of such contested spaces and the voices that articulate them, my poems
have become somewhat longer and more complicated.
The concept of voice has long been associated with poetry. We all
hear voices, on the radio, in the newspaper, in memory. As Whitman
says, "I contain multitudes." As Satan says, "My name
is legion." Various voices speak in my poems. I code shift. I
am many things: a white person, a working class person with roots
in the South, a woman, an academic of sorts, a 60's person who still
likes rock and roll, someone who was raised on the Bible, a skeptic,
etc. My voices manifest their own social unrest. In the last decade
or so, academics have been raising the question of who speaks in literary
works, who speaks and for whom. There is a contemporary poetry which
enacts these same questions, a poetics of the cross-roads.
As I looked over my poems, trying to extract a "poetics"
for this talk, I noticed how often my poems parody and undermine some
voice of social control. My poem, "A Story" (from Made To
Seem) might be an example of that. In "A Story" the characters
of the Good Mother and the Doctor try to keep things in their proper
places. They want pleasure postponed, categories upheld. The Child
who pinches her nipples and the Stubborn Old Woman who thinks a name
is a fiction are skeptics and dissidents. There is a way in which
I am all of these characters - the doctor and the mother as well as
the rebellious old woman and the child. These power struggles begin
in the public sphere and are reenacted in private. The mother is charged
with reproducing the social (linguistic) body within the single body
of the child. (Clearly, gender has a lot to do with the power struggles
in my poems. Increasingly so, perhaps.)
Would Pound have seen such confusion as a kind of distasteful "slither?"
Then let me appropriate an ally by invoking a Dickinson poem I love,
the one commonly known as "A Narrow Fellow In The Grass."
Pound called for "direct treatment of the thing" and Narrow
Fellow certainly isn't that. Dickinson never identifies what she's
seen as a snake. She first personifies it, rather comically, as a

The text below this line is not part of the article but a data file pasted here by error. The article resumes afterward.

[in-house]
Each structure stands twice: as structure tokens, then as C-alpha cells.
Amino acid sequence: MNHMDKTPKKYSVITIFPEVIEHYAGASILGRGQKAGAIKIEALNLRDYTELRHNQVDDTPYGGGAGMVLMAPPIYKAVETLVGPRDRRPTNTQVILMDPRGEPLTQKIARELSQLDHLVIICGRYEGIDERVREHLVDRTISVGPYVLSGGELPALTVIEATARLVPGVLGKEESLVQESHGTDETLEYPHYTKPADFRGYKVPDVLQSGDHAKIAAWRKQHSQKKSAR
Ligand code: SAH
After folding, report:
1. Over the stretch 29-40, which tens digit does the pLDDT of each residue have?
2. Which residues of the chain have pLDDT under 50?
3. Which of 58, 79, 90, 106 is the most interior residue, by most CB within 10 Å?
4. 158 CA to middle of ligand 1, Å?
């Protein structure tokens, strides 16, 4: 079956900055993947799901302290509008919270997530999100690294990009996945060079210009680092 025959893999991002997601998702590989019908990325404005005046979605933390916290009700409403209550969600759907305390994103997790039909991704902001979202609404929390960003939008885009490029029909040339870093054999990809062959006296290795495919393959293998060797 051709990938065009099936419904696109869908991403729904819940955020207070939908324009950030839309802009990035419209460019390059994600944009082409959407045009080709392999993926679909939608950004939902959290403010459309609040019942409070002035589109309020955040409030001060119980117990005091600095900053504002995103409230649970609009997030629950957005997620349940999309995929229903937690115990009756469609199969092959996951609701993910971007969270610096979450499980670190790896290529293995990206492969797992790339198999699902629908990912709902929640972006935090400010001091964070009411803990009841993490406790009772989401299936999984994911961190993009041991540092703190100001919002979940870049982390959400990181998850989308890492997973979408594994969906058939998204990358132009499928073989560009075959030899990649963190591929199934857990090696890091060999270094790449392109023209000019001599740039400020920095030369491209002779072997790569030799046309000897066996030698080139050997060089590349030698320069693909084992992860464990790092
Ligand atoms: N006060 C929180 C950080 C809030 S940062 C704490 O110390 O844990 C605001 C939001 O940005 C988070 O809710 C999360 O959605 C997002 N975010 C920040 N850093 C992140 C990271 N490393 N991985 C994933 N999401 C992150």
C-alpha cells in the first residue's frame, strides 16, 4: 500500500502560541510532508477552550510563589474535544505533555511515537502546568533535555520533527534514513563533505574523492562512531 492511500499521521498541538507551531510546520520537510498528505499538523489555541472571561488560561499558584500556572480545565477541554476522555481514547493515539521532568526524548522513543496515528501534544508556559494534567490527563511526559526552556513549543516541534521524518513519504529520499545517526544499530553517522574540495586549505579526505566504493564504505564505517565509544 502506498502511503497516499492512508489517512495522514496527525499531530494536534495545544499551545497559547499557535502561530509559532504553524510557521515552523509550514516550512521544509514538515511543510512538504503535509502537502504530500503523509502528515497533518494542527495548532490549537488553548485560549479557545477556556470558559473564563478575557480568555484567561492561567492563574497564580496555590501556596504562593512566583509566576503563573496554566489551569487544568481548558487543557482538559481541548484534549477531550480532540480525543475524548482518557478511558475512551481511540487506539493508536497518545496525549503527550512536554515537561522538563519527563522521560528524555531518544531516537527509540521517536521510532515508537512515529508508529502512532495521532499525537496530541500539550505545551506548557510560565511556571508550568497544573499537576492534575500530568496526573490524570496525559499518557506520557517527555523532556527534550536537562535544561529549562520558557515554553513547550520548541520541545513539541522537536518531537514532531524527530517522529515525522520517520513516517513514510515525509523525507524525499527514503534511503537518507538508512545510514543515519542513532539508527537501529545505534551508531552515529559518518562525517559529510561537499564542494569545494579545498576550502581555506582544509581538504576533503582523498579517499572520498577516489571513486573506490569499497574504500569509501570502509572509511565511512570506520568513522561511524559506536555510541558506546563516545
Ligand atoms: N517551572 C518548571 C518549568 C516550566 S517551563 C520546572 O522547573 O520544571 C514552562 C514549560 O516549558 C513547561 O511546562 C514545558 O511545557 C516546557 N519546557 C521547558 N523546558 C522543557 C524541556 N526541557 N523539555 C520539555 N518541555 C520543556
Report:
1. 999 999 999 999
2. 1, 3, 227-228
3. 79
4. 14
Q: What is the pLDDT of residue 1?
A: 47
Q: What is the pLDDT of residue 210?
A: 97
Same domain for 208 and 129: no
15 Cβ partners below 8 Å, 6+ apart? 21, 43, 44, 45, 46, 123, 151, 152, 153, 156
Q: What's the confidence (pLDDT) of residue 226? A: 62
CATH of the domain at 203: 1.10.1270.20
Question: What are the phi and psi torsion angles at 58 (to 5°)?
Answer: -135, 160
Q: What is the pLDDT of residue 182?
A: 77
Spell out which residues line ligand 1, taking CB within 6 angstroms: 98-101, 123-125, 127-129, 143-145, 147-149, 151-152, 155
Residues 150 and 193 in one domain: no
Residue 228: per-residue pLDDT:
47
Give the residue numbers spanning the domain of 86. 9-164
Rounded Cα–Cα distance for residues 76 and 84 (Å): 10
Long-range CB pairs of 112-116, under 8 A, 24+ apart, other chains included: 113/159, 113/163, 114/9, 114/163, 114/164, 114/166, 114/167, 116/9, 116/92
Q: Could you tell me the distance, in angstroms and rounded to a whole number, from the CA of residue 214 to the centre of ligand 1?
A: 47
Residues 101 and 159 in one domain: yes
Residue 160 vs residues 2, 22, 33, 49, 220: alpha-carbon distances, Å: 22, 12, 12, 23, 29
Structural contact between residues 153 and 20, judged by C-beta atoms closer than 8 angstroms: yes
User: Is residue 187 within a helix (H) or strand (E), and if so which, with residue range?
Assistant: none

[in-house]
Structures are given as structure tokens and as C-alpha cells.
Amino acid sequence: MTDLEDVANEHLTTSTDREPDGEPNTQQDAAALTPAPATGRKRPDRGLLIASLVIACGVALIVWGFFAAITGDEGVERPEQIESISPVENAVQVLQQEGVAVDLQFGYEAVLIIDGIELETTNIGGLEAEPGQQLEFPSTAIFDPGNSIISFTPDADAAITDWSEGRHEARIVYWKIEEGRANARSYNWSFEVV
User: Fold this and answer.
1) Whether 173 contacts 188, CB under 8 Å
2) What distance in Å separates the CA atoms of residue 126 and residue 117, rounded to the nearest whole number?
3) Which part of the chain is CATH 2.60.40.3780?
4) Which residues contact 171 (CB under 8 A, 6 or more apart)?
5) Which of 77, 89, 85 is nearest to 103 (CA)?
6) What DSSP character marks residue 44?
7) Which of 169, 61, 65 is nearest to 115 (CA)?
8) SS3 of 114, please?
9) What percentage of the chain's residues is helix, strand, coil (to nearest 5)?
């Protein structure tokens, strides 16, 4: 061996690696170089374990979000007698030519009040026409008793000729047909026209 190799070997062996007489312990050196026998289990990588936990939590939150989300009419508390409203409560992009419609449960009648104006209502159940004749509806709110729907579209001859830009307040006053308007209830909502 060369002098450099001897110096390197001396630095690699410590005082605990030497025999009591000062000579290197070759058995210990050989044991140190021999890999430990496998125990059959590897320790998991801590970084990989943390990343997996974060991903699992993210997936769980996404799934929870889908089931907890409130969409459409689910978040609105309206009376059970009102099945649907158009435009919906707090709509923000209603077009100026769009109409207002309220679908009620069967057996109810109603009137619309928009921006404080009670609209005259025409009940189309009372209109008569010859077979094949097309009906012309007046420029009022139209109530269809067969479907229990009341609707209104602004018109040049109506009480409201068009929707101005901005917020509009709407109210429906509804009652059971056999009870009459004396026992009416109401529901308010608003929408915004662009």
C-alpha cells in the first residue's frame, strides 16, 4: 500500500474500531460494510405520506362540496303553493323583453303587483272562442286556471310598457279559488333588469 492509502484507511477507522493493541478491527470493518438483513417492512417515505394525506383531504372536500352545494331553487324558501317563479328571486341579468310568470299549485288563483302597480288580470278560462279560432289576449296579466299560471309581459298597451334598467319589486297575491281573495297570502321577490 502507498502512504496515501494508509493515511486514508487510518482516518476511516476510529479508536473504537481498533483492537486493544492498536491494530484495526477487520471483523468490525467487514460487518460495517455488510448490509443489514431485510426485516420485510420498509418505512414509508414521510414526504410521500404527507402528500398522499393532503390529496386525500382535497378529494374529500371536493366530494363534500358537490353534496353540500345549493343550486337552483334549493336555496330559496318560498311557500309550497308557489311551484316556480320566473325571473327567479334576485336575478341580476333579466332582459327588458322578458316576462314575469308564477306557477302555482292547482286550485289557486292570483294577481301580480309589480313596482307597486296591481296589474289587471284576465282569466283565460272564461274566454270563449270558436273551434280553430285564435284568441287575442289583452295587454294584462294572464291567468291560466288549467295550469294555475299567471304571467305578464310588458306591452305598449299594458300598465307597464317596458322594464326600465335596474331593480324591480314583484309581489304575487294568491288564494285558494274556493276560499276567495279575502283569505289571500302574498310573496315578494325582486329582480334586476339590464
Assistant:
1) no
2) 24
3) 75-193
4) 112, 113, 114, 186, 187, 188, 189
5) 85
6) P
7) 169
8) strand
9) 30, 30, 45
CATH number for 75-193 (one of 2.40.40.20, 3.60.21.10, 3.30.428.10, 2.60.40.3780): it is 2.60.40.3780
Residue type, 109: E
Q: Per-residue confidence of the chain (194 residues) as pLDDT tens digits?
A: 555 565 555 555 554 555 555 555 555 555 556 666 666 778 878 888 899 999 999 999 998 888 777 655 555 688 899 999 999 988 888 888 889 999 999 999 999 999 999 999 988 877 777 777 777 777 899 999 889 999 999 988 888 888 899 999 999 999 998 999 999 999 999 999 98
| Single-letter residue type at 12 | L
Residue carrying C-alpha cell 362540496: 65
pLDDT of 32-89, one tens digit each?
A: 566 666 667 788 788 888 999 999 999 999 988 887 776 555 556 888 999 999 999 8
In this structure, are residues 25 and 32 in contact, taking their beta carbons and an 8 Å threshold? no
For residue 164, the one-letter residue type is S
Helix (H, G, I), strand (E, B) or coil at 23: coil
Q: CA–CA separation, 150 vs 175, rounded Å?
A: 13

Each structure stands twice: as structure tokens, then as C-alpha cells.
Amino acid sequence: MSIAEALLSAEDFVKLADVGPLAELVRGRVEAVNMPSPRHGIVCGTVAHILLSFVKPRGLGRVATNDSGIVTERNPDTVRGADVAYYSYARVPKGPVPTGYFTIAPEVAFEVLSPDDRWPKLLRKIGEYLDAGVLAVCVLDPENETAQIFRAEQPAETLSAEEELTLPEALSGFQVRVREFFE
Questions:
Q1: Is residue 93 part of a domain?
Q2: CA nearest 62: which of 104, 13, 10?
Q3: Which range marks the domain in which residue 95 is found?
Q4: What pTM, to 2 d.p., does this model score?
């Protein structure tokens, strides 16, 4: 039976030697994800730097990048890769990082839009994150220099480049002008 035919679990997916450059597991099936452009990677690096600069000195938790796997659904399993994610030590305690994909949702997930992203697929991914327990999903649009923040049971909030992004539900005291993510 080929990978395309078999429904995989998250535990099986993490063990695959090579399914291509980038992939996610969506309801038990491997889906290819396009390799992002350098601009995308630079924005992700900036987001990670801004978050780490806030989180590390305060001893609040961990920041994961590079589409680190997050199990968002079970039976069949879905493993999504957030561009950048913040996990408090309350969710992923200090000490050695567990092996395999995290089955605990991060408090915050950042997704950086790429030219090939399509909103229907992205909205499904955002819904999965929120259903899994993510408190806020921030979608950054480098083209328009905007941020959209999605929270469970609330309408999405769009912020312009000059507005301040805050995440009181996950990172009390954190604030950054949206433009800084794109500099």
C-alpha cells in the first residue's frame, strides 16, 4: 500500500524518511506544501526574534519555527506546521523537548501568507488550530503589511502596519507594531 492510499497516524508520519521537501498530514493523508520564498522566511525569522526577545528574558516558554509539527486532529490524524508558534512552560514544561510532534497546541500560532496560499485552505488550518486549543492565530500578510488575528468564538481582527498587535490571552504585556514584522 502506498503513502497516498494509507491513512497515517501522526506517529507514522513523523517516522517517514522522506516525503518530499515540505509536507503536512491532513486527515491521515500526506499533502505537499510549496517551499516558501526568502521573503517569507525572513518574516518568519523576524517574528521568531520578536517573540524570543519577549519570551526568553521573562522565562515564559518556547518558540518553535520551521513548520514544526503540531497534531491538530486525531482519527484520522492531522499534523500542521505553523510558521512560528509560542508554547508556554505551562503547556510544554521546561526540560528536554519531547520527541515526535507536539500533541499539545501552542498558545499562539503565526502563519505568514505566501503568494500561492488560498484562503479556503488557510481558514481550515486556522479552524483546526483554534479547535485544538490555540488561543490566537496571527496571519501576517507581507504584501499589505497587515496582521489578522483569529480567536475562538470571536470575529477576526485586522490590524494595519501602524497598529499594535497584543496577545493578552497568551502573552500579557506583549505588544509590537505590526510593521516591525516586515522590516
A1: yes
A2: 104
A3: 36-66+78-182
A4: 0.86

fellow. (Note the mock casualness, the mock intimacy there. Dickinson
is mistress/master of sinister humor.) The snake is then Him, capitalized
like God. Subsequently it appears as a comb, a rather phallic shaft
and a whiplash. It is gendered male - but then so is Dickinson - she
presents herself as a boy. So the gender dynamic is complex. There
is more going on than a virginal fear of penetration. The last two
lines evoke vividly the fear the snake arouses - but I would argue
that, like Satan in Paradise Lost, the snake is the real hero of the
poem. Dickinson's persona, the barefoot boy, is just too cordial with
"Nature's People." There's something almost Norman Rockwell-esque
about this boy, reaching to "secure" whatever he sees. He
deserves the unsecurable, eerie snake who "occasionally rides."
Dickinson, I would argue, is at least as much the snake as the boy.
Her poems reveal the fissures in identity and ideology.
And now back to me. There's no good segue back from Dickinson. But,
in their own way, I think, my poems enact such fissures. They are
composed of conflicting voices. Formally, too, they are often disjunctive.
The relation between stanza and stanza or section and section is often
oblique, multiple or partial. This isn't an accident. It's a way to
explore the relation of part to whole. This relation is a vexed one.
Does the part represent the whole? Is metaphor fair to the matter
it represents/ Does representative democracy work? I think of my poetry
as inherently political. (though it is not a poetry of opinion). In
an optimistic mood, one might see the multiple, optional relations
of parts in such work as a kind of anarchic cooperation.
Finally, poetry, at least the poetry I value, can reproduce our conflicts
and fractures and yet be held together in the ghost embrace of assonance
and consonance, in the echoed and echoing body of language.